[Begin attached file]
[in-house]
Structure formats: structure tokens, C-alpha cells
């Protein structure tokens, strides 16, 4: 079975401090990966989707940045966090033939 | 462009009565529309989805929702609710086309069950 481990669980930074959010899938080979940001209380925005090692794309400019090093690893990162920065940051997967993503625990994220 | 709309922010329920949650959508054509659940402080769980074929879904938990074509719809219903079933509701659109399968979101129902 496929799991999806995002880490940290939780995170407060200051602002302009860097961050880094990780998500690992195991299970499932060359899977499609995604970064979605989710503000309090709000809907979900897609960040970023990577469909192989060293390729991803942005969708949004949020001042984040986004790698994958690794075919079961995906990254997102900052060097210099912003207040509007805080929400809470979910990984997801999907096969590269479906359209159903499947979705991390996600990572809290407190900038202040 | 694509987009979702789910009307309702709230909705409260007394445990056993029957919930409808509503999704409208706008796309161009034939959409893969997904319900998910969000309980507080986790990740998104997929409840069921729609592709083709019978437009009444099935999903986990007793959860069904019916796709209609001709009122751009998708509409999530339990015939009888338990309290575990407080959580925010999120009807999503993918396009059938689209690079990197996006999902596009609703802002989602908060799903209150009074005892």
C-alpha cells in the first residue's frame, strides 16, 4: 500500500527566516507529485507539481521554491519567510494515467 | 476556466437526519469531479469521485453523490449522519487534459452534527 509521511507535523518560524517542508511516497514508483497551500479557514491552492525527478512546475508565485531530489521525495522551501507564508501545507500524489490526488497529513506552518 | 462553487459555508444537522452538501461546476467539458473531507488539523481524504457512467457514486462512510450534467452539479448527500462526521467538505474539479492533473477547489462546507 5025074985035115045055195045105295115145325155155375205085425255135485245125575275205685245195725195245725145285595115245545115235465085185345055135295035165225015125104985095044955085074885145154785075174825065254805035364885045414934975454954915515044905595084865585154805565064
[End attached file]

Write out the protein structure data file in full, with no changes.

[in-house]
Structure formats: structure tokens, C-alpha cells
């Protein structure tokens, strides 16, 4: 079975401090990966989707940045966090033939 | 462009009565529309989805929702609710086309069950 481990669980930074959010899938080979940001209380925005090692794309400019090093690893990162920065940051997967993503625990994220 | 709309922010329920949650959508054509659940402080769980074929879904938990074509719809219903079933509701659109399968979101129902 496929799991999806995002880490940290939780995170407060200051602002302009860097961050880094990780998500690992195991299970499932060359899977499609995604970064979605989710503000309090709000809907979900897609960040970023990577469909192989060293390729991803942005969708949004949020001042984040986004790698994958690794075919079961995906990254997102900052060097210099912003207040509007805080929400809470979910990984997801999907096969590269479906359209159903499947979705991390996600990572809290407190900038202040 | 694509987009979702789910009307309702709230909705409260007394445990056993029957919930409808509503999704409208706008796309161009034939959409893969997904319900998910969000309980507080986790990740998104997929409840069921729609592709083709019978437009009444099935999903986990007793959860069904019916796709209609001709009122751009998708509409999530339990015939009888338990309290575990407080959580925010999120009807999503993918396009059938689209690079990197996006999902596009609703802002989602908060799903209150009074005892």
C-alpha cells in the first residue's frame, strides 16, 4: 500500500527566516507529485507539481521554491519567510494515467 | 476556466437526519469531479469521485453523490449522519487534459452534527 509521511507535523518560524517542508511516497514508483497551500479557514491552492525527478512546475508565485531530489521525495522551501507564508501545507500524489490526488497529513506552518 | 462553487459555508444537522452538501461546476467539458473531507488539523481524504457512467457514486462512510450534467452539479448527500462526521467538505474539479492533473477547489462546507 5025074985035115045055195045105295115145325155155375205085425255135485245125575275205685245195725195245725145285595115245545115235465085185345055135295035165225015125104985095044955085074885145154785075174825065254805035364885045414934975454954915515044905595084865585154805565064